Q&A: Bob Carpenter
The voice of the MLB’s Washington Nationals discusses his 38-year career in sports broadcasting.
The voice of the Washington Nationals, Bob Carpenter, is in his 31st year announcing Major League Baseball. He has two Emmys to his credit and also designed a well-loved scorebook used by broadcasters and fans all over the world.
It might be stating the obvious, but Bob Carpenter has accomplished much during his nearly four decades in sports broadcasting.
Now in his ninth season as the television play-by-play voice of Major League Baseball’s Washington Nationals, in 1976 Carpenter got his start in Tulsa as a radio broadcaster for Tulsa Oilers baseball, then the Triple-A affiliate of the St. Louis Cardinals.
After the 1976 season, the Oilers moved to New Orleans and were replaced by the Drillers. However, Carpenter remained in the area, calling Tulsa Roughnecks soccer, various high school sporting events and some basketball games at The University of Tulsa.
In 1984, he began a long stint in St. Louis with the Cardinals. Starting in 1990, when he announced ESPN’s first regular season game on Opening Day at Kansas City, he announced baseball for the network for well over a decade.
Since 2006, he has been with Washington, and even though his primary gig is in D.C., he’ll always call Tulsa home. We talked with Carpenter about his career, Tulsa and his profitable side business.
How deep are your roots in Tulsa? Well, I think at the end of May it was 38 years since I moved there Memorial Day weekend of 1976 to go on the radio with the old Tulsa Oilers. It was minor league baseball that brought me to Tulsa. After the Oilers left town, I sold radio advertising; I did whatever high school games I could get my hands on. I got a chance to do a few TU basketball games on the radio.
The decision to stay in Tulsa when the Oilers left proved to be a great decision; I met my wife, Debbie, about four months after the team left. While I’m from St. Louis, Tulsa’s my hometown now. My kids, Katie and Allison, were born there. No matter where I’m at, Tulsa’s my anchor, and I always look forward to coming back.
Is it hard to believe this is your 31st year in Major League Baseball? When I think about that, it staggers me a little bit because I have been so fortunate just to be in the big leagues. I feel unbelievably blessed that I’ve been able to just be a major league announcer, and for it to last as long as it has, it just amazes me. I’m having a hard time believing I’m in my ninth year up here already. It just seems like yesterday when I was still working for the Cardinals and ESPN in ’05.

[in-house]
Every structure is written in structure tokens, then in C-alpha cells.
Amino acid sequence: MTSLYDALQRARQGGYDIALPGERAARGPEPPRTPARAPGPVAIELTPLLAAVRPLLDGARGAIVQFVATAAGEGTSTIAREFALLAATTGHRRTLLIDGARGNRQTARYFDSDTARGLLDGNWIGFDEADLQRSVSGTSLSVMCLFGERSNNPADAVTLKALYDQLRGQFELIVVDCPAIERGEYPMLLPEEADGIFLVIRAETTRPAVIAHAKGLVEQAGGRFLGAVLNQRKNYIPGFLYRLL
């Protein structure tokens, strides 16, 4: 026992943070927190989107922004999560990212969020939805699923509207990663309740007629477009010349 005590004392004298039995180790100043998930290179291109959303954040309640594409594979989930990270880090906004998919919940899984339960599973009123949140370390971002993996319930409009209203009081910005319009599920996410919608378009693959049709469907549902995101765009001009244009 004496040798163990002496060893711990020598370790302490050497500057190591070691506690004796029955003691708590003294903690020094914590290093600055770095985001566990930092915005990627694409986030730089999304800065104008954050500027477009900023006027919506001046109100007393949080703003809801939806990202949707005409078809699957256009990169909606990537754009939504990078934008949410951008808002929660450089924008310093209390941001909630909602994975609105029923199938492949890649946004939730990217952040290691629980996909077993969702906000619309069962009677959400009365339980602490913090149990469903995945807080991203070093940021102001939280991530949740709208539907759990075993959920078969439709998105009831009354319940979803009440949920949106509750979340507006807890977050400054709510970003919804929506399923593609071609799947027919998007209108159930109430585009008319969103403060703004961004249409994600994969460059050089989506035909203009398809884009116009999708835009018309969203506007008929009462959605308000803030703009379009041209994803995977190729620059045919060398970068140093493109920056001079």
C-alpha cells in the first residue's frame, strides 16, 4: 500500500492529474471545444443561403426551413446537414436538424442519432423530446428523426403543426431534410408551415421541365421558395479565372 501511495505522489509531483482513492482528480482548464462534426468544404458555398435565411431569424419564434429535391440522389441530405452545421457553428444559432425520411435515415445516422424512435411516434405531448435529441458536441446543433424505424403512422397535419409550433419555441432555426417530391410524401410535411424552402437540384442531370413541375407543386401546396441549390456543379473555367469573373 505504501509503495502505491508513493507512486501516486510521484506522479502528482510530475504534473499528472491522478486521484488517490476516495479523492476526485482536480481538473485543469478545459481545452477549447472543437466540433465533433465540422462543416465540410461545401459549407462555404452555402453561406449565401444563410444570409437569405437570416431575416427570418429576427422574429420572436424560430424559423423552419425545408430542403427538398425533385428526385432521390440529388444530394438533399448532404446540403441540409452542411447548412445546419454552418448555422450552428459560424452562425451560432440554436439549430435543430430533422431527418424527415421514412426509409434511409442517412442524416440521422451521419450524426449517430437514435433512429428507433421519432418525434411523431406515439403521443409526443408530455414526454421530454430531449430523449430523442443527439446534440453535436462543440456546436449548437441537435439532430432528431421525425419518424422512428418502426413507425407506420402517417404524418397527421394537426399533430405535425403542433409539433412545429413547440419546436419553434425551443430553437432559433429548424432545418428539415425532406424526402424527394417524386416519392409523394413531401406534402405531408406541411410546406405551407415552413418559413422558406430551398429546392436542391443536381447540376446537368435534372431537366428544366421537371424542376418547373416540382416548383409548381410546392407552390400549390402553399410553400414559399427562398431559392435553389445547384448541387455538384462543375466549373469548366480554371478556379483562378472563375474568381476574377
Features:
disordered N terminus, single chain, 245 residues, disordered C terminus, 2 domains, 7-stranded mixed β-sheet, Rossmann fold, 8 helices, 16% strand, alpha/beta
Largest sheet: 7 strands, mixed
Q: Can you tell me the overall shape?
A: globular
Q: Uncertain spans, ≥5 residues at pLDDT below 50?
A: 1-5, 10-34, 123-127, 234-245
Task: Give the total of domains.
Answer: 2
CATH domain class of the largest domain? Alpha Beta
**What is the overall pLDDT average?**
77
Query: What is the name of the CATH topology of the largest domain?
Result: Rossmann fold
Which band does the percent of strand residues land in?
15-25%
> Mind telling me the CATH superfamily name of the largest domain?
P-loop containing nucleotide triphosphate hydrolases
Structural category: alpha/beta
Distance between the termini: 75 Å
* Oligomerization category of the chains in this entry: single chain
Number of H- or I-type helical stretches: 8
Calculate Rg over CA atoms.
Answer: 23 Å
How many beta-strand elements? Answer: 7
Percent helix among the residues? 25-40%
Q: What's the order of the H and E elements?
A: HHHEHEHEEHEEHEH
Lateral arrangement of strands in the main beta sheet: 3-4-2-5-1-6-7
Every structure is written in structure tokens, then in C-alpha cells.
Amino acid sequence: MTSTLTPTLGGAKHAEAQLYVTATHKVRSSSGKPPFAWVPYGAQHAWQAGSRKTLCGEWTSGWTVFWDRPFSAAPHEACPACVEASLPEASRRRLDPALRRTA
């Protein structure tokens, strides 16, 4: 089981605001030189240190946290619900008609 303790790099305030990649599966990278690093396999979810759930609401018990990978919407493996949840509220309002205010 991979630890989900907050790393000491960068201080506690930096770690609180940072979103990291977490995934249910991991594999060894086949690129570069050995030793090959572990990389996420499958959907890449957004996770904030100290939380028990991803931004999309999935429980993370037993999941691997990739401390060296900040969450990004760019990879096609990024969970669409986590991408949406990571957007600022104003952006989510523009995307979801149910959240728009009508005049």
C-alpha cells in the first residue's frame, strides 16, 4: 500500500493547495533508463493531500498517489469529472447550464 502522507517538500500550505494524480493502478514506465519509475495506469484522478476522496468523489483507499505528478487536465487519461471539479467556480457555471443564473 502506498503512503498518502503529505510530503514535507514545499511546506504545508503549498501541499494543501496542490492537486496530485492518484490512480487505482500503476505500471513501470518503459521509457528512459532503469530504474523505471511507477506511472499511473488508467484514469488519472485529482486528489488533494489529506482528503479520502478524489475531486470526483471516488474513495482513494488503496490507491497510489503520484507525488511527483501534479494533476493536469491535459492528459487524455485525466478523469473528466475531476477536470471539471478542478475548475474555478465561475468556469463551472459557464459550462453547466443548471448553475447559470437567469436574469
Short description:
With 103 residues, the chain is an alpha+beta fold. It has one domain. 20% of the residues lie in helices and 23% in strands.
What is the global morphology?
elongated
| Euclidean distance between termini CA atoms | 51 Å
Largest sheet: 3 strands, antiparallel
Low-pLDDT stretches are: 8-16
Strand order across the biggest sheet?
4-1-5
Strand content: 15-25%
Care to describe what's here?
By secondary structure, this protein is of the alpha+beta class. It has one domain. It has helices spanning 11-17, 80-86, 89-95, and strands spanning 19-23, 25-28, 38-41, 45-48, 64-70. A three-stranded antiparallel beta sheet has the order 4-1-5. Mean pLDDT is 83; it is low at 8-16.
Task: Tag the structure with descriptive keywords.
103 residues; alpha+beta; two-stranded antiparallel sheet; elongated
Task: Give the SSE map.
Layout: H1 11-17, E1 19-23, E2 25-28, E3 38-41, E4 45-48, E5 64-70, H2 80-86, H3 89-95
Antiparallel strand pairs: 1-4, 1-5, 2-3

To what do you credit your impressive longevity? I take pride in it, but I know it’s not because of anything wonderful I’ve done. I try to work hard, be on time, be prepared, treat everybody I work with and around with politeness and respect, and hope everything falls into place from there. I feel honored probably more than proud that it’s gone on this long.
What are the most memorable events you’ve broadcast? I did golf for USA Network for about four years, and getting to do the Masters three times in ’86, ’87, ’88, was an unbelievable highlight. I did tennis for USA Network; I got to do the U.S. Open in 1985.
In soccer, I got to do the ’82 World Cup. And then, I got to do play-by-play on 10 World Cup games in 1994.
In baseball, calling a couple of clinchers for the Cardinals when they won the division. I got to do some playoff games on radio in 1996 in the League Championship Series. When Jack Buck (legendary Cardinals play-by-play announcer) wasn’t feeling well, I got to do four games with Mike Shannon (now longtime Cardinals announcer). That was a real thrill.
Basketball — I did seven NCAA Tournaments, including the Final Four in St. Louis in 2005.
Being so versatile must be a source of great pride for you. I think throughout my career I’ve been able to be versatile and do different sports and different events in various scenarios. And I’m kind of proud of the fact that in at least six different sports I’ve been able to do high-level events, and hopefully I did them well.
How did you start selling your “Bob Carpenter’s Scorebook” to broadcasters, statisticians and even baseball fans? In 1984, when I was first doing the Cardinals, I started my career with a softball scorebook I bought from Buck’s Sporting Goods in Tulsa. After a month or two, I’m like, this isn’t working.
So, I sat down in a hotel room with a couple of sheets of paper, a pencil and a ruler and laid out a grid. I went to a little print place in south Tulsa, had them print me a book with 70 or 80 pages on it and put on a cardboard cover.
Guys would see me on the field or in the booth, and they’d ask, “Where’d you get that scorebook?” I said, “I designed it.” Enough people told me, “You ought to market that thing,” so in 1995, I did. In 1998, when Mark McGwire started hitting all those home runs, I designed a smaller book for fans ... Broadcasters still use the bigger books.
I’ve sent these scorebooks all over the world. It’s been kind of a cool connection between me and a lot of baseball fans around the country and around North America ... so it’s been a real cool little project that’s turned into a nice little business.